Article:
British Prime Minister David Cameron cautioned Russia against “ripping up the international rulebook,” and vowed to raise the issue with President Vladimir Putin when the two leaders meet at the G20 summit this weekend. [The Guardian’s Patrick Wintour]  Deputy national security adviser Ben Rhodes also said the situation in east Ukraine would be tackled by world leaders at the summit in Australia, noting that the U.S. is “deeply troubled” by recent reports of Russian activity in Ukraine. [The Hill’s Justin Sink]

Almost 40 instances of close encounters between Russian forces and the West have been recorded since Moscow’s annexation of Crimea, including 11 incidents of “a more aggressive or unusually provocative nature,” according to a report of the European Leadership Network.

Roger Cohen warns against ignoring Russia’s military involvement in the Ukraine conflict in exchange for securing Moscow’s help on concluding a nuclear deal with Iran, in an op-ed for the New York Times.


The number of American staff members at the U.S. Embassy in Yemen has been reduced, in light of the deteriorating security situation in the country. [AP]

The new Yemeni government was sworn in on Sunday, and talks are underway “between different sides to return security to the country,” according to new Prime Minister Khaled Bahah. [Asharq Al-Awsat’s Arafat Madabish]

The advances of Shi’ite Houthi rebels in northern Yemen are causing alarm in neighboring Saudi Arabia, concerned over the weak southern border which already suffers a constant flow of illicit activity. [Reuters’ Angus McDowall]


Guantánamo Bay hunger striker Abu Wa’el Dhiab will appeal a federal judge’s decision to refuse to change force-feeding procedures at the detention center. [AP]  In other news, a Navy judge has temporarily ordered the Guantánamo prison to stop using female guards to transfer an Iraqi detainee to meetings with his lawyer. [Miami Herald’s Carol Rosenberg]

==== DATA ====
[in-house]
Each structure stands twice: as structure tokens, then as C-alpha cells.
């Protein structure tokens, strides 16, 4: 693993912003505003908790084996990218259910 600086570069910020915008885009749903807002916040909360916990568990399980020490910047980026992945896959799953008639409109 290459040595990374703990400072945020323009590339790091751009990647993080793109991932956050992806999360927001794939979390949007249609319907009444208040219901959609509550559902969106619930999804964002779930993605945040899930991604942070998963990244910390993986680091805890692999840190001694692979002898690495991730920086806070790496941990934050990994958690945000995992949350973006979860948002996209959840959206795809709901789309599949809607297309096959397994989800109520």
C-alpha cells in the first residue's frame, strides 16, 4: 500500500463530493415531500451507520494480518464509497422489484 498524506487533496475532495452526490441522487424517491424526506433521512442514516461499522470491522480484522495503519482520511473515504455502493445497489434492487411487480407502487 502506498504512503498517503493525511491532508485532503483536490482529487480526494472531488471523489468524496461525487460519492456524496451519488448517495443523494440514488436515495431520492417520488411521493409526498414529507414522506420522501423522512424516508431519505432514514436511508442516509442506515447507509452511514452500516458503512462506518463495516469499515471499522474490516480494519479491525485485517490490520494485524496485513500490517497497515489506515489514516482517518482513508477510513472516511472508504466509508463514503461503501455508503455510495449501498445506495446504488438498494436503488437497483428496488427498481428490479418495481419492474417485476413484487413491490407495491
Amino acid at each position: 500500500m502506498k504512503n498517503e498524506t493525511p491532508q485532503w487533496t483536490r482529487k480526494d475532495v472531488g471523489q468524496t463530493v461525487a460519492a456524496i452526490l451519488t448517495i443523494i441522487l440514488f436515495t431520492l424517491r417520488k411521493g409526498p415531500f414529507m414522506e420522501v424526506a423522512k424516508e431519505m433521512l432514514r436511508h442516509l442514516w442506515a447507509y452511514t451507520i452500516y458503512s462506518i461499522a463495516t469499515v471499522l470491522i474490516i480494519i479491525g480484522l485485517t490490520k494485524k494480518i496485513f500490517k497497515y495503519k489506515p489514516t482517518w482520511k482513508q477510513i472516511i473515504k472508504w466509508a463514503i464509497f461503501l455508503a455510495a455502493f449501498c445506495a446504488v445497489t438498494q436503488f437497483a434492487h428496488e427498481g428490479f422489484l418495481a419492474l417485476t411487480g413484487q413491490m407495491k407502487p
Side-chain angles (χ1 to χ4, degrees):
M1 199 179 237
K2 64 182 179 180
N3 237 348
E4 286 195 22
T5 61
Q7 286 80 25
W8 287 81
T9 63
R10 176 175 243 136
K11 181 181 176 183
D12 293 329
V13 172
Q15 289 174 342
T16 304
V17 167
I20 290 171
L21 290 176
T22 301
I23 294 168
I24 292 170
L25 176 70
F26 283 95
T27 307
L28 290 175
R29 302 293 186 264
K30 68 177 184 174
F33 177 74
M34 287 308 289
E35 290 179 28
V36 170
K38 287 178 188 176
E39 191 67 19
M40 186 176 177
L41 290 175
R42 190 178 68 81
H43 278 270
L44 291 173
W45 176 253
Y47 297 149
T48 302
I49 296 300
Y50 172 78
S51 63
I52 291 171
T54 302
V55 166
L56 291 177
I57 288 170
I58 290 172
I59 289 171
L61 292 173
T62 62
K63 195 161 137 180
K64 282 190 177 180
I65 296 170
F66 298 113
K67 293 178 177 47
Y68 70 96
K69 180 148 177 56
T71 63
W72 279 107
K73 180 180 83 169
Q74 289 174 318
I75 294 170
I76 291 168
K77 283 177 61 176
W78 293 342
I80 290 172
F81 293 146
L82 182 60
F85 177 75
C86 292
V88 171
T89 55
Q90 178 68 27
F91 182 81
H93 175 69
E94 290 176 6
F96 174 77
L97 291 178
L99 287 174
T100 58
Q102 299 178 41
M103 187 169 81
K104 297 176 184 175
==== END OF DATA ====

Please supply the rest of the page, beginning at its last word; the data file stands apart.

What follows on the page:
Sen. Mark Udall is being asked to put the Senate Intelligence Committee’s torture report into the congressional record by several activists and others, following the loss of his reelection bid last week. [The InterceptSalon’s Heather Digby Parton similarly considers how Udall “can still leave a historic legacy as a torture critic.”

The U.S. intends to be “very clear” with China if it crosses international norms on cybersecurity, maritime disputes and other issues, the deputy national security adviser said ahead of the summit between the two leaders. [Reuters’ Michael Martina And Matt Spetalnick]

Chinese government hackers are suspected of breaking into the computer networks of the U.S. Postal Service, according to analysts. [Washington Post’s Ellen Nakashima]

The Nigerian ambassador to the U.S. has criticised Washington for its refusal to sell “lethal weapons” to the country to tackle the Islamist uprising of Boko Haram. [AP]

A suicide attack at a school in northeast Nigeria yesterday killed up to 50 boys. Alan Nossiter describes the situation on the ground following the attack. [New York Times]  The New York Times explains the nature of Boko Haram’s Islamist insurgency. And Ofeibea Quist-Arcton considers the situation of those displaced by Boko Haram attacks. [NPR]

A ceasefire reached just 48 hours ago in South Sudan has ended. Fierce clashes broke out yesterday between government forces and rebel fighters, leaving 29 people dead. [AP]

The U.S. has warned Somalia of the risks involved in holding a no-confidence motion against the Prime Minister, stating that Washington is “deeply concerned with political turmoil.” [Reuters’ Feisal Omar and Abdi Sheikh]